Back in my childhood a boy, asked what he wanted to become when he grew up, would, as likely as not, say: “A locomotive driver.” The railway, alas, was still quite close to being the dominant, if fading, technology of the mid-1930s. The modern answer (according to this article) is strongly related to the overbearing presence of television: a large number of boys will answer “A football player” or choose some sports-related occupation; most girls will say “An actress” or “A singer” or select some activity in the field of entertainment.
I haven’t found the word “Entrepreneur” on any of these lists—and that because such an activity, when you look at it closely, has to be classified as a second, third, or forth tier layer beneath something else that has more meaning. One needs to have an idea of some kind—for a thing to make or a service to deliver—and in either case, that thing or service has to have a meaning for the person: baking fancy things, say, or caring for troubled people. The next layer is learning to do that thing, whatever it is. How to make money from it comes quite late in the development of what it is—and becoming an entrepreneur is just one of multiple choices in realizing the original idea.
Therefore it amused us much to learn yesterday that Rice University in Texas is gearing up to offer a major program in Entrepreneurship aimed at its enrollees—or to attract such (New York Times, 12/29/15). Now what part of entrepreneurship is teachable? Fundraising would seem to be one of those things—but what if the quite magical powers, such as Steve Jobs possessed, say, are not present? Is fundraising merely a learnable technique? Furthermore, as for technique, fundraising appears to be just one form of persuasion among others, and no doubt Rice already offers degrees in Marketing as part of its business curriculum….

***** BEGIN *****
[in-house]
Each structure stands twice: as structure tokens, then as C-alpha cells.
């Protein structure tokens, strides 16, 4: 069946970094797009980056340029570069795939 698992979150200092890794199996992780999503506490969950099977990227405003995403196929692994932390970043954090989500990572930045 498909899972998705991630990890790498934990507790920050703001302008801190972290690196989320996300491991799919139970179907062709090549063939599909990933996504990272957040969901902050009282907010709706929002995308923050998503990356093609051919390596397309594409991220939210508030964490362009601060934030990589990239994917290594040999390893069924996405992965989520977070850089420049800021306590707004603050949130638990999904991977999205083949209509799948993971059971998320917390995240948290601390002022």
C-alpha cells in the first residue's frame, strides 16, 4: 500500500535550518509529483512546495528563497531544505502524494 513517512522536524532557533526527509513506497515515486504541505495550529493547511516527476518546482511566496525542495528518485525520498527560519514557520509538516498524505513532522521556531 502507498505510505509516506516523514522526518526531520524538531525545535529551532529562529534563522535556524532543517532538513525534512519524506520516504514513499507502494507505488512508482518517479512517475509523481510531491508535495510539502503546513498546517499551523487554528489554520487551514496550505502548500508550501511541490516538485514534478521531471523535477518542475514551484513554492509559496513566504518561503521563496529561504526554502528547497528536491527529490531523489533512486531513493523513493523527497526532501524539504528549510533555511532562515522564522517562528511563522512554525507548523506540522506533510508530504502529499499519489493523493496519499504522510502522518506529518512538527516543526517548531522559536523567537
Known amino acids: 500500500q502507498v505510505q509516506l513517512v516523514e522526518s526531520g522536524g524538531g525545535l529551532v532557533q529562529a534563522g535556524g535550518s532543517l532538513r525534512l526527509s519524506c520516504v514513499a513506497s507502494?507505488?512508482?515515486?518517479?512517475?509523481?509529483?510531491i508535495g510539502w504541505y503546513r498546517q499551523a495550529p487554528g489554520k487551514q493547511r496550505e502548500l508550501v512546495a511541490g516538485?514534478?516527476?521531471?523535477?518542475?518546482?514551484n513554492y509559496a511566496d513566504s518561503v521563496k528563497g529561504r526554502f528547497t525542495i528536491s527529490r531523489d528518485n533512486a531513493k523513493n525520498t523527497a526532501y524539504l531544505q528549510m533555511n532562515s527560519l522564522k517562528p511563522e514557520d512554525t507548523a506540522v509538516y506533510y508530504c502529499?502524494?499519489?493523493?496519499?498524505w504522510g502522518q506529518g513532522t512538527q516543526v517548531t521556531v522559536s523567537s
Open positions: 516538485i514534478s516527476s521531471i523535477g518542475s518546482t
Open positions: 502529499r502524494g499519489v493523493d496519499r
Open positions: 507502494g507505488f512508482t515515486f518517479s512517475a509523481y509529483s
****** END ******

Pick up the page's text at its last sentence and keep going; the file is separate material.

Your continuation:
To make this initiative sharply visible for what it is—chasing the latest fad—one can imagine the Vatican setting up a special University of Sainthood, implying that graduates will be almost certain to be canonized—as Rice’s program implies the high likelihood of becoming a billionaire at 21 upon graduation. Sainthood can be taught? To be sure. Let’s start with mortification. Hairshirt 101.